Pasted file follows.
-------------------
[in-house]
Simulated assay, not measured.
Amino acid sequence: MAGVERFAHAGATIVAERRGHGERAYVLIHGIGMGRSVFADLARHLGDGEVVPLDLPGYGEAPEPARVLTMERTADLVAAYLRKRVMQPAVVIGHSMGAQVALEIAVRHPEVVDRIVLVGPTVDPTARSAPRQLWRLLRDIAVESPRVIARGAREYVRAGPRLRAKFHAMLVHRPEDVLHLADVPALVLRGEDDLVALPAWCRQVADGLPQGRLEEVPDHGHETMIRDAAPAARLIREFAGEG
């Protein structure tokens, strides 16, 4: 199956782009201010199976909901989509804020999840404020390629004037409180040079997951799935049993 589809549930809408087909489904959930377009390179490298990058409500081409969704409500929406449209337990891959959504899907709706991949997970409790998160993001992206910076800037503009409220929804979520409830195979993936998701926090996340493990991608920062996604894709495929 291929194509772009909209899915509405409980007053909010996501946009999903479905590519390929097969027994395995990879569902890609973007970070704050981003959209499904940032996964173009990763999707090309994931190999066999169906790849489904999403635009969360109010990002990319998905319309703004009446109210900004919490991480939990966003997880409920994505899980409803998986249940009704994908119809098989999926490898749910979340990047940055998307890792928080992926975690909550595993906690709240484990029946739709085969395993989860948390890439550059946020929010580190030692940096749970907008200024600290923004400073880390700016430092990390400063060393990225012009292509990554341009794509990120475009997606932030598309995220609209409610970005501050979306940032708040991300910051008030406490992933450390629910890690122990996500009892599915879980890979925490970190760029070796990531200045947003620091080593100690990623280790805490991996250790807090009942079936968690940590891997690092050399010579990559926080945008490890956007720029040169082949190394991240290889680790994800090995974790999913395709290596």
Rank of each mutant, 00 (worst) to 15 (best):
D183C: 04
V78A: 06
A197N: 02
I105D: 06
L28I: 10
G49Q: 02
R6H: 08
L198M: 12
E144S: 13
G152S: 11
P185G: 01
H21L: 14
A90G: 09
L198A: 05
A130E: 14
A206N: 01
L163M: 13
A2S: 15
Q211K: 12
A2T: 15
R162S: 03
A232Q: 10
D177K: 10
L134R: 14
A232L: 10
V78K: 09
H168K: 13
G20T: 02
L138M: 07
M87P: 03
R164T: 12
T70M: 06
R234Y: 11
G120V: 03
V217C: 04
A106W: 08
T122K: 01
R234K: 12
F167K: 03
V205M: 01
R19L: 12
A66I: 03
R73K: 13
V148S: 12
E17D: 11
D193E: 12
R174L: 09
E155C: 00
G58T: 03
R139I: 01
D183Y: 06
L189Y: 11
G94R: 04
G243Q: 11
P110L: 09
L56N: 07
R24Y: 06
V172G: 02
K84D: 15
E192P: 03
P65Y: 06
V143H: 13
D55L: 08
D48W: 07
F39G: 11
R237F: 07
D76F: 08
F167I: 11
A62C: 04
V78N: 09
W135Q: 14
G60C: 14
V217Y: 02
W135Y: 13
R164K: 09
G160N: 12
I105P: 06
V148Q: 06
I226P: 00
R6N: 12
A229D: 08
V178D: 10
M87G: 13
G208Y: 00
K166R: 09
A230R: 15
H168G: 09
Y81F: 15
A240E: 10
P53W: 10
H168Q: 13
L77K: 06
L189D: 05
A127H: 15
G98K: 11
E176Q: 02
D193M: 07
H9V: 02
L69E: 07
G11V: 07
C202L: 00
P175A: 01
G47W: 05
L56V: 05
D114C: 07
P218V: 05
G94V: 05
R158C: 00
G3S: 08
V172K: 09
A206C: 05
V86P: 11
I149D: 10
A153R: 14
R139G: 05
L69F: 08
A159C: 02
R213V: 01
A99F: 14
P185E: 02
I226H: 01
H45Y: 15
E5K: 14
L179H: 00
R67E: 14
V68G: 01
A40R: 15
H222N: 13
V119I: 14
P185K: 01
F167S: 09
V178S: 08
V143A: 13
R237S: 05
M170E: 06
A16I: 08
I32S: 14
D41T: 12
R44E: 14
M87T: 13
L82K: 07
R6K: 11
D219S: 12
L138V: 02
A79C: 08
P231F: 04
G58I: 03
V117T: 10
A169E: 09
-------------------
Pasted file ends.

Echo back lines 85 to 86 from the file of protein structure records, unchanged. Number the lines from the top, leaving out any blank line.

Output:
R6N: 12
A229D: 08